Saturday, September 15, 2007

The Reality of Recusal

Yesterday's post about the Don Siegelman case and the strange "recusal" of Leura Canary, U.S. attorney for the Middle District of Alabama, raises an issue that deserves more attention.

The post was based on superb reporting by Scott Horton, of Harper's, showing that there is little, if any, evidence that Canary actually recused herself from the Siegelman case. Canary stated publicly that she had recused herself, but no recusal papers have surfaced.

Perhaps most importantly, Horton showed that the Justice Department evidently did not follow the usual process for the recusal of a U.S. attorney. When a U.S. attorney recuses him or herself from a case, it normally is assigned to a U.S. attorney from a neighboring district. That only makes sense. How is the cause of justice furthered if the recused attorney, Canary in this case, merely passes the case along to one of her underlings? The case is still handled in the same office where the potential prejudice exists, only now it is being handled by someone who answers to the recused U.S. attorney.

We citizens might be pretty dim sometimes. But even the dimmest among us can see that doesn't smell right.

This is just one of many cases in our justice system where a recusal is made merely for show. It does not necessarily provide the complaining party with a more impartial judge.

Consider my own case. After I discovered that J. Michael Joiner, circuit judge in Shelby County, Alabama, was regular golf buds with opposing counsel Bill Swatek, I moved for Joiner's recusal. Joiner admitted in open court that he and Swatek played golf together regularly and had been neighbors for many years. The record clearly showed Joiner's prejudice in the case; almost every ruling he made was contrary to Alabama law, and every one of them went in favor of Swatek and his client (the one with the lengthy criminal record).

By law, Joiner never should have taken the case to begin with; his history with Swatek disqualified him from the outset. But Joiner took it and made multiple biased rulings--including the denial of two motions for summary judgment that, by law, had to be granted--before granting recusal only after I brought it up.

(By the way, I brought it up after I was representing myself. The two attorneys I had hired, and been forced to fire, had to know about Joiner's conflict--and they surely knew Joiner was cheating me--but they did nothing about it. That's one of the dirty secrets of the legal profession--many lawyers are more loyal to judges than they are their own clients. If a judge wants a lawyer to do something--no matter how unethical--the lawyer is likely to do it or risk having his or her career ruined.)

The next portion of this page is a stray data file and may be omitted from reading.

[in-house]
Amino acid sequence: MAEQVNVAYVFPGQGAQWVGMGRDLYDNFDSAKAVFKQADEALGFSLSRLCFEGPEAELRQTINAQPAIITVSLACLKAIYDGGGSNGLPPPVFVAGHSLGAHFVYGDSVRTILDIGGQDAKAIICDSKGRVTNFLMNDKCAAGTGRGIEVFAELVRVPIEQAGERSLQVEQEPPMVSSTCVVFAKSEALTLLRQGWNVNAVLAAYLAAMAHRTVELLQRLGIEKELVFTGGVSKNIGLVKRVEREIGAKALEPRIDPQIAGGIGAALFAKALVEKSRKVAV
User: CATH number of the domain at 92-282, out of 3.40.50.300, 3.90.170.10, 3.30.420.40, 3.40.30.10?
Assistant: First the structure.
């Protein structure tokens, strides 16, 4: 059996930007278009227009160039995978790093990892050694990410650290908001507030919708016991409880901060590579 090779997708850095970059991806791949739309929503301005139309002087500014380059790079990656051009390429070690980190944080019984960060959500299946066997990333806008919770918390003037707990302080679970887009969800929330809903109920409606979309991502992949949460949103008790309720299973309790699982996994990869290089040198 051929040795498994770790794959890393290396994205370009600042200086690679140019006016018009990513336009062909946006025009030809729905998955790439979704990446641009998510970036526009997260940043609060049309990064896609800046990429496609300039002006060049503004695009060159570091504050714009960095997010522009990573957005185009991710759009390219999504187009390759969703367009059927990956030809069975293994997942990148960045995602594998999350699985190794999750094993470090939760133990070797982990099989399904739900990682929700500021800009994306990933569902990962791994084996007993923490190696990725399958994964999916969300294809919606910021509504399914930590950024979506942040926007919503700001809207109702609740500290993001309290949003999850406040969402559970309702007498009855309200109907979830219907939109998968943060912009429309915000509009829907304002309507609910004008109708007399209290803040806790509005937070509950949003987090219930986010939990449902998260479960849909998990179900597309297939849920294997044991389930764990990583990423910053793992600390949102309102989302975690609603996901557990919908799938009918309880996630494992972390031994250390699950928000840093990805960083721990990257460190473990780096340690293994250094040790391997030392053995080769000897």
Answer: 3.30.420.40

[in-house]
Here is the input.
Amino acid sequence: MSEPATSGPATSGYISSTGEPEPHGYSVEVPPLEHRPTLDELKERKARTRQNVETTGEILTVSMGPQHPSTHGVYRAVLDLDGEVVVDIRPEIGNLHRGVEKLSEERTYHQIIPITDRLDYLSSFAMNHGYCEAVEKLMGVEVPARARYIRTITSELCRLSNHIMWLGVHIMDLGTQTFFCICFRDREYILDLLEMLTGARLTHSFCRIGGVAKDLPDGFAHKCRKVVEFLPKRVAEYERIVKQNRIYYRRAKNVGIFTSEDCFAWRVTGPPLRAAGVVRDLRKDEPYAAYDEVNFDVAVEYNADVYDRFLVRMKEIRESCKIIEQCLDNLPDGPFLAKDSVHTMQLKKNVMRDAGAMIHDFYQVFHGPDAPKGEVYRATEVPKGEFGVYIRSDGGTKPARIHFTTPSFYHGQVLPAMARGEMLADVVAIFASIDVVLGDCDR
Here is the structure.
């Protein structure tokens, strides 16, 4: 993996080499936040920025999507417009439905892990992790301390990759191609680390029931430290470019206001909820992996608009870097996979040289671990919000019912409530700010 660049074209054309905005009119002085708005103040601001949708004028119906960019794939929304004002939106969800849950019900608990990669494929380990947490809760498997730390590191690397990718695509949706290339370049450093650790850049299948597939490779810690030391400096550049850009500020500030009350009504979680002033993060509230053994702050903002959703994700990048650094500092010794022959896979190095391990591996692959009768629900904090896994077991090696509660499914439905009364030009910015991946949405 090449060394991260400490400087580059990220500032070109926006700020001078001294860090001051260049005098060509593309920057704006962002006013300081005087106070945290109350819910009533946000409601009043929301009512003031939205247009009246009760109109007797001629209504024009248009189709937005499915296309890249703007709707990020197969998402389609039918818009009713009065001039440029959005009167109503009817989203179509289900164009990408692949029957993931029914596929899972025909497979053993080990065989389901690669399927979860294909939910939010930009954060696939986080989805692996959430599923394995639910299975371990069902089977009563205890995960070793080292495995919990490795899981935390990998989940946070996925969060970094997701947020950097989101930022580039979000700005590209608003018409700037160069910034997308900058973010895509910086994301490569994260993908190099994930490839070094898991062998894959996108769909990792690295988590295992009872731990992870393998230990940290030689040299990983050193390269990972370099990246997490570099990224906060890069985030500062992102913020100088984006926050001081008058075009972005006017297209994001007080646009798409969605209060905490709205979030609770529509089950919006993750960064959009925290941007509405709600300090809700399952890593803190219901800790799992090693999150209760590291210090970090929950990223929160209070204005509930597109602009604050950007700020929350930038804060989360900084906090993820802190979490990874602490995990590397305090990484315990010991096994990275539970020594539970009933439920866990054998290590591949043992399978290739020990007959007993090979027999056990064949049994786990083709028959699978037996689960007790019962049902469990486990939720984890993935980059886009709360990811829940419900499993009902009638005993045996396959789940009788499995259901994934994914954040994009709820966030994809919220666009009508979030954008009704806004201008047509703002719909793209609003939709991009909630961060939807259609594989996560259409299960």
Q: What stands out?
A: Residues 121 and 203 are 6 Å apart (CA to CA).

When Joiner recused himself, who did the case go to? Well, it went right to another Shelby County judge, G. Dan Reeves, who apparently is Joiner's bud and was more than willing to continue with the same kind of unlawful rulings in Swatek's favor. I suspect Joiner was pulling the strings all along behind the curtain, like the Wizard of Oz.

In fact, I suspect Joiner was pulling strings on the criminal-trespass case that led to the lawsuit against me. In that case, my Neighbor from Hell (NFH) was charged with third degree criminal trespass against me, and the trial transcript shows that he unknowingly confessed to the crime, based on Alabama law as it's actually written. But Shelby County District Judge Ron Jackson read NFH the riot act but acquitted, citing law that doesn't exist.

Now Judge Jackson is either an idiot (a distinct possibility) or he was being influenced by someone up the chain of command (Joiner?) to let Bill Swatek's client off, setting up Swatek to file a bogus malicious-prosecution lawsuit against me, the victim of a crime.

This all illustrates the kind of incestuous relationship that exists among judges in the real world. Having a disqualified judge recuse himself, only to see it go to another judge in the same circuit who probably is influenced by the recused judge, makes no sense.

And I've found that judges are like the mafia. They all seem to be connected, watching each other's backs. For example, I've seen evidence that judges in Jefferson County, Alabama, have been influenced to make unlawful rulings by judges in Shelby County. And I've got overwhelming evidence that appellate judges in Alabama are more interested in protecting their Republican brethren at the trial-court level than they are in correcting trial judges' gross mistakes.

A recusal did absolutely nothing to help yours truly get justice. I suspect the same thing happened with Don Siegelman.

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